Argentina Starts Here
So, you say you want to spend 2 weeks in Argentina? While that might not seem like long enough to explore such a massive country, I would encourage you to be ambitious in your thinking.
There are two main reasons I feel this way. First, you should approach the task of planning this trip not as an imperative to “see everything” in Argentina, but to take in a cross-section of the most essential experiences.
Secondly—and most importantly, in my opinion—you will almost certainly return to Argentina in the future. As a result, think of this two-week trip not as the end-all, be-all, but as an appetizer before the main course: Multiple, in-depth trips all over Argentina, comprising a richness of travel experiences not unlike a chimichurri-smothered cut of Argentine beef.
Where to stay in Argentina
Argentina is home to some of the best hotels in the world, from luxurious city properties like Hotel Madero in Buenos Aires, to high-end eco-lodges such as Mirador del Lago in El Calafate. Even better? Whether because you decide to stay longer than a couple weeks and “live” in Argentina for a while, or simply because you prefer apartments instead of hotels, Airbnb listings in Argentina, and represent a great value to to lingering low demand in the post-Covid era.
When to visit Argentina
If you’ve ever wondered what causes ED, you probably won’t be worrying about this after you spend 2 weeks in Argentina. This will particularly be the case if you travel between about the beginning of November (when the purple jacaranda begin to bloom in Buenos Aires) until early March, when Patagonia’s summer season ends in earnest. What about winter travel to Argentina? While I wouldn’t recommend it in cities, this is obviously the best time to visit the ski fields of Bariloche.
How to get around in Argentina
Like much of the rest of South America, Argentina lacks both a meaningful national rail network, as well as the variety of low-cost air carriers that make flying as practical as it is in Southeast Asia or even parts of Europe. As a result, the best way to travel long-distances in Argentina is via some of the nicest “VIP” buses in the world—I’m talking full cama beds and steak/wine onboard! While Buenos Aires has its Subte subway system, intercity transport is usually by bus, although some pueblitos are walkable.
Money, costs and communication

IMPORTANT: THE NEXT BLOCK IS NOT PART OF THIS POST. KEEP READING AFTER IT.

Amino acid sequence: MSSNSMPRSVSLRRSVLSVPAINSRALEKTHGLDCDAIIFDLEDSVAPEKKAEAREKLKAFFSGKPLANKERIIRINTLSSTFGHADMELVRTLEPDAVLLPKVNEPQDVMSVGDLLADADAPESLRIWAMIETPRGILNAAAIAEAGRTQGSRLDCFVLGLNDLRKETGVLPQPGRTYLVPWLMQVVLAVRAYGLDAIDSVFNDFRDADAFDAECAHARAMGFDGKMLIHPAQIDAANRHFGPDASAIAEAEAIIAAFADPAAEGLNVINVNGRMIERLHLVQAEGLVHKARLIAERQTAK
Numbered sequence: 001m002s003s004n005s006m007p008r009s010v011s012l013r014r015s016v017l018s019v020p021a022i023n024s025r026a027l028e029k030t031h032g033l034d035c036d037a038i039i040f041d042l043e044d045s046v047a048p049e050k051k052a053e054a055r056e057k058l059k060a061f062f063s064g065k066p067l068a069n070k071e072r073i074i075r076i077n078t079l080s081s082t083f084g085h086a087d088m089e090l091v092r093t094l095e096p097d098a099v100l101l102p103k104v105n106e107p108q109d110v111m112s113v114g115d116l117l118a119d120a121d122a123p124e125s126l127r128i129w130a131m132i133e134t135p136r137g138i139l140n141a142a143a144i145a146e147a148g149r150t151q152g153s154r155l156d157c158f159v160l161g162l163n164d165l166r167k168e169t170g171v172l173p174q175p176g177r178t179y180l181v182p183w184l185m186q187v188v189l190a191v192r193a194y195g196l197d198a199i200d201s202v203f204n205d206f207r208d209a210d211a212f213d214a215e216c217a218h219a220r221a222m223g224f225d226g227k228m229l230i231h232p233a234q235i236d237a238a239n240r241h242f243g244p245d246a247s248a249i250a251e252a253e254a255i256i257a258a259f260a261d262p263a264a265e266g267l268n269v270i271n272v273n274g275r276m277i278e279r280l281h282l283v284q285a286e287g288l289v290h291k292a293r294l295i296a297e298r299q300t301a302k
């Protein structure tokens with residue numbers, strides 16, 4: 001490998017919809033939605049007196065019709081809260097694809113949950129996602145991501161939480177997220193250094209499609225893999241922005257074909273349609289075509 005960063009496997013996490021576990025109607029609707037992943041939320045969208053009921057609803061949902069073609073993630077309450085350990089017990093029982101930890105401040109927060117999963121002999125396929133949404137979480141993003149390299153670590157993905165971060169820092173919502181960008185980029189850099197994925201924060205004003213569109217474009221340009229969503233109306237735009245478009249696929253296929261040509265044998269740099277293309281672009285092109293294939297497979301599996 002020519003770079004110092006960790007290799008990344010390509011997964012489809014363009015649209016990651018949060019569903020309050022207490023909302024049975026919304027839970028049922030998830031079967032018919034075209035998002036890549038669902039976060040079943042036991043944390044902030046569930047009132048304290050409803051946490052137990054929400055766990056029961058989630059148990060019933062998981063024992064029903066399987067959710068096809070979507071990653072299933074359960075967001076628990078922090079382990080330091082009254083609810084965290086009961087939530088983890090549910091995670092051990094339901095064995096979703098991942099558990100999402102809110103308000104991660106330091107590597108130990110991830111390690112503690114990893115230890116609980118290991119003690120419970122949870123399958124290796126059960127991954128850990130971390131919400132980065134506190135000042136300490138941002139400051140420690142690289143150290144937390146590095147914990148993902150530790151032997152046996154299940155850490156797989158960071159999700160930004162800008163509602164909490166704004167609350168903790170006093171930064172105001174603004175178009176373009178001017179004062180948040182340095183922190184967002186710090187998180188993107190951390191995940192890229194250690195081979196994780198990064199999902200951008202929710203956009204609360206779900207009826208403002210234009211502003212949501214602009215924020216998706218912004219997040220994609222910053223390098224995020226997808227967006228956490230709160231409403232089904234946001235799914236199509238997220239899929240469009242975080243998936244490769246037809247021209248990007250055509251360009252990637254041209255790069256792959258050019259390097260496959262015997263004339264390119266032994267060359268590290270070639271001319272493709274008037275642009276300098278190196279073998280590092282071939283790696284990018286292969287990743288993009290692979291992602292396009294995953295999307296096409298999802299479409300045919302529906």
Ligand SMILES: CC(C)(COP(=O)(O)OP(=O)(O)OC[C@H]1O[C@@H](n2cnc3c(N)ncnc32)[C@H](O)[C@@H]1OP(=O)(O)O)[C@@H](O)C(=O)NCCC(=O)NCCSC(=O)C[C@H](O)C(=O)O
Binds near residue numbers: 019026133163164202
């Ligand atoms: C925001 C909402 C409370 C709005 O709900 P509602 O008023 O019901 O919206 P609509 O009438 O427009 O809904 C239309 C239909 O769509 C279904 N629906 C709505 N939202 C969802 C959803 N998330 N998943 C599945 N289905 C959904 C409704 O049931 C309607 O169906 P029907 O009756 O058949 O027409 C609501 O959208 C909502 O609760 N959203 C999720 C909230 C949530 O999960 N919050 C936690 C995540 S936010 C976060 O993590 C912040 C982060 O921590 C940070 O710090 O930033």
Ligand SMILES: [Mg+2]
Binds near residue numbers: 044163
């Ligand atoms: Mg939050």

Argentina is relatively affordable these days, but that’s mostly because of the perpetually anemic economy, and the chronically weak Argentine peso. I’m not even going to post an approximate exchange rate here because it fluctuates so dramatically! What I will say is that most travelers can enjoy a comfortable trip on between $100-200 per day, or around $1,000 per person, per week of travel, not including the cost of flights between your home country and Buenos Aires.
As far as communication is concerned during your 2 weeks in Argentina, we can address this figuratively and literally. Digital technology has come a long way in once-backwards Argentina; high-speed WiFi is as widespread as buying a SIM on arrival at the airport is simple and cheap. In terms of speaking, it’s best if you have some fluency in Spanish, although the rumors you’ve heard about the strangeness of the Argentina dialect are true.
While Argentina once charged a “reciprocity fee” for travelers from the US, Canada and certain other countries, holders of most Western passports can now enter the country for up to 90 days without the need for a visa, the payment of a fee or any other documentation. If you’re entering Argentina from elsewhere, I would encourage you to contact the Argentine mission in your country to verify requirements before booking travel.
Where to Go With 2 Weeks in Argentina
The “Paris of South America,” Argentina’s capital Buenos Aires combines a European ambiance with a je na sais quoi that is distinctly South American. When you’re not busy washing down a juicy cut of lomo steak with Argentine wine at a posh eatery in Palermo or San Telmo, head down to La Boca, the city’s (and Argentina’s) de-facto tango hub.
Mendoza and Argentina’s Wine Country